After losing in walk-off fashion in the opener on Tuesday night, the Nats have a quick turnaround with a 12:10 p.m. start on Wednesday against the Indians.
On the mound will be Stephen Strasburg (13-1, 2.83), who is hoping to bounce back from his worst game of the season. He gave up six earned runs on seven hits and two homers in six innings against the Dodgers last week.
Pitching for Cleveland will be right-hander Carlos Carrasco (7-3, 2.31). He pitched six shutout innings with just one hit allowed against the Royals his last time out.
The Nats are rolling with the same lineup as Tuesday night with Trea Turner in center field and Bryce Harper batting second.
First pitch: 12:10 p.m.
Radio: 106.7 The Fan
Starting pitchers: Nats - Stephen Strasburg vs. Indians - Carlos Carrasco
CF Trea Turner
RF Bryce Harper
2B Daniel Murphy
C Wilson Ramos
DH Jayson Werth
3B Anthony Rendon
1B Ryan Zimmerman
SS Danny Espinosa
LF Ben Revere
(RHP Stephen Strasburg)
1B Carlos Santana
2B Jason Kipnis
SS Francisco Lindor
DH Mike Napoli
3B Jose Ramirez
RF Lonnie Chisenhall
LF Rajai Davis
CF Tyler Naquin
C Chris Gimenez
(RHP Carlos Carrasco)
The funeral for Zema Williams, the Redskins superfan better known to thousands as Chief Zee, is being held on Wednesday in Upper Marlboro, Maryland. Some photos from the services show that plenty of the team's supporters are attending in order to say goodbye to one of its most dedicated, but another touching picture proves at least one player is thinking of Williams, too.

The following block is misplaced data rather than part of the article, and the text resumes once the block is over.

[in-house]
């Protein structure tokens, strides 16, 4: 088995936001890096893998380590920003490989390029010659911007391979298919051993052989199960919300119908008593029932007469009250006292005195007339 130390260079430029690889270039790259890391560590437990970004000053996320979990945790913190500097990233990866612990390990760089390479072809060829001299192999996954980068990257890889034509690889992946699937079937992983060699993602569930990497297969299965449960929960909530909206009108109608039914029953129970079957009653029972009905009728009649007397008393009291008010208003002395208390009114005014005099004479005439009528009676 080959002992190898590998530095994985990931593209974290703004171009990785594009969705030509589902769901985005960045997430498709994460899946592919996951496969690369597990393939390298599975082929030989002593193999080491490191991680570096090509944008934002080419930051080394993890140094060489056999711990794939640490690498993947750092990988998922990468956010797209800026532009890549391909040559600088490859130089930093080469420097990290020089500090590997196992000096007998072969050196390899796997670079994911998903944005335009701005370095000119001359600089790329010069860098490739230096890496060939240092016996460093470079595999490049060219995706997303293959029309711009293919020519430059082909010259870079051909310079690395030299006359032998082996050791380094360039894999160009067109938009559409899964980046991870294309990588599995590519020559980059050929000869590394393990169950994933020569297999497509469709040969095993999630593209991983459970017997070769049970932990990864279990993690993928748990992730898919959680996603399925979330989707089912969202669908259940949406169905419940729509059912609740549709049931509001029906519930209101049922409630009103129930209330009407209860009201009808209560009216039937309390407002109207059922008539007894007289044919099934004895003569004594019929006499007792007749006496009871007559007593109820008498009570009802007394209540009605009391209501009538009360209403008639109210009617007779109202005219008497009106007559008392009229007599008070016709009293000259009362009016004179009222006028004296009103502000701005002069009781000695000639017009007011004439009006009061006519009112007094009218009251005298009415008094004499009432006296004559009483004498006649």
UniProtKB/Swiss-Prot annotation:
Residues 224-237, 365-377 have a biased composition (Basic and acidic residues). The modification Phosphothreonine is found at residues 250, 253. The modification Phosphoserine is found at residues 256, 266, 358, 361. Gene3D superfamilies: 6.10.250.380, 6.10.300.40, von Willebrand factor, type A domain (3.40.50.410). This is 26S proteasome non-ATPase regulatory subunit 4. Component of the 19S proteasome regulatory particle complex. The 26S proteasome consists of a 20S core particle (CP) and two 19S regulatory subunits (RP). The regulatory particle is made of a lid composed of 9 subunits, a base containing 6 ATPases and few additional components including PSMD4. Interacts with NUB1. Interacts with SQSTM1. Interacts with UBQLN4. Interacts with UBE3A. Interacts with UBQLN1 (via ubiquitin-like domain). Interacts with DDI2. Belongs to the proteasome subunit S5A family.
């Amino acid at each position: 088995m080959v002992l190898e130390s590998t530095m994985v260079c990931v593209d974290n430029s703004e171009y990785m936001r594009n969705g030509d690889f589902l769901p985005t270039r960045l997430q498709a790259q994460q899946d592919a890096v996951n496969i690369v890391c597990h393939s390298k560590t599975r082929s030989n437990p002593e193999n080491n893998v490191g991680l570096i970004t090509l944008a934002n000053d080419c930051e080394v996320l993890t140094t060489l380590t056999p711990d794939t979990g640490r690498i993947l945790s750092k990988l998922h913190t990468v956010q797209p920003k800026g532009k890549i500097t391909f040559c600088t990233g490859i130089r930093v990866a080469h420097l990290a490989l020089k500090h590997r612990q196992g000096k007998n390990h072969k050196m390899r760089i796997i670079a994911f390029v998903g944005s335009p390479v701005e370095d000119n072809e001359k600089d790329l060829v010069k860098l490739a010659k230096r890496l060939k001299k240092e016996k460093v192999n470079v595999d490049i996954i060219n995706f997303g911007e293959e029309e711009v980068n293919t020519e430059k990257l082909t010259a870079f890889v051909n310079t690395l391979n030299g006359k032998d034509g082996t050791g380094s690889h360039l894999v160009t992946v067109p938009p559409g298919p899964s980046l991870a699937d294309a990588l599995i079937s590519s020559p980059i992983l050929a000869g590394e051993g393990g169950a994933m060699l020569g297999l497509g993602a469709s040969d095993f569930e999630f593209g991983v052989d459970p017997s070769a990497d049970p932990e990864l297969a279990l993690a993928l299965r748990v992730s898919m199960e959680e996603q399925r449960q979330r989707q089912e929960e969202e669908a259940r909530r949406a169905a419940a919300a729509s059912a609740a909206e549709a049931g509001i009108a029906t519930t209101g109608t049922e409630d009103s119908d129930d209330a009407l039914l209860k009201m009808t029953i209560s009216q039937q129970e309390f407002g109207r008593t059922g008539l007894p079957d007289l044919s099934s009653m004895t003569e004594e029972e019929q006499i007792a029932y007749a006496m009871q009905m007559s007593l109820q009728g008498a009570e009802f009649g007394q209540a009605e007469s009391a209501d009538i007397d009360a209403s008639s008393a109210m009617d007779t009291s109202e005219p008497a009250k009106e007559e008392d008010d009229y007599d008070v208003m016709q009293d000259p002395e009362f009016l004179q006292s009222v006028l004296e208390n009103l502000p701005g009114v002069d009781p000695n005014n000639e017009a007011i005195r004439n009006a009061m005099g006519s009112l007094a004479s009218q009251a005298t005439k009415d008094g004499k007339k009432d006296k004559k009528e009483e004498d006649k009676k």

Santana Moss, who wore the Burgundy and Gold for a decade and posted this tribute to Williams after he died last week, sent along a bouquet of flowers, a photo and a message to the church where the funeral is being held, all of which ended up next to the icon's casket:
This bouquet of flowers next to Chief Zee's casket sent by former Redskins player Santana Moss. pic.twitter.com/suGWDupT95— John Gonzalez (@ABC7John) July 27, 2016
"Rest in paradise Chief Zee," the note reads. "With Love, Santana Moss & Family." The accompanying picture is from the famous Redskins-Cowboys game in 2005, where Moss caught two long touchdowns in the fourth quarter to stun Dallas in their own stadium.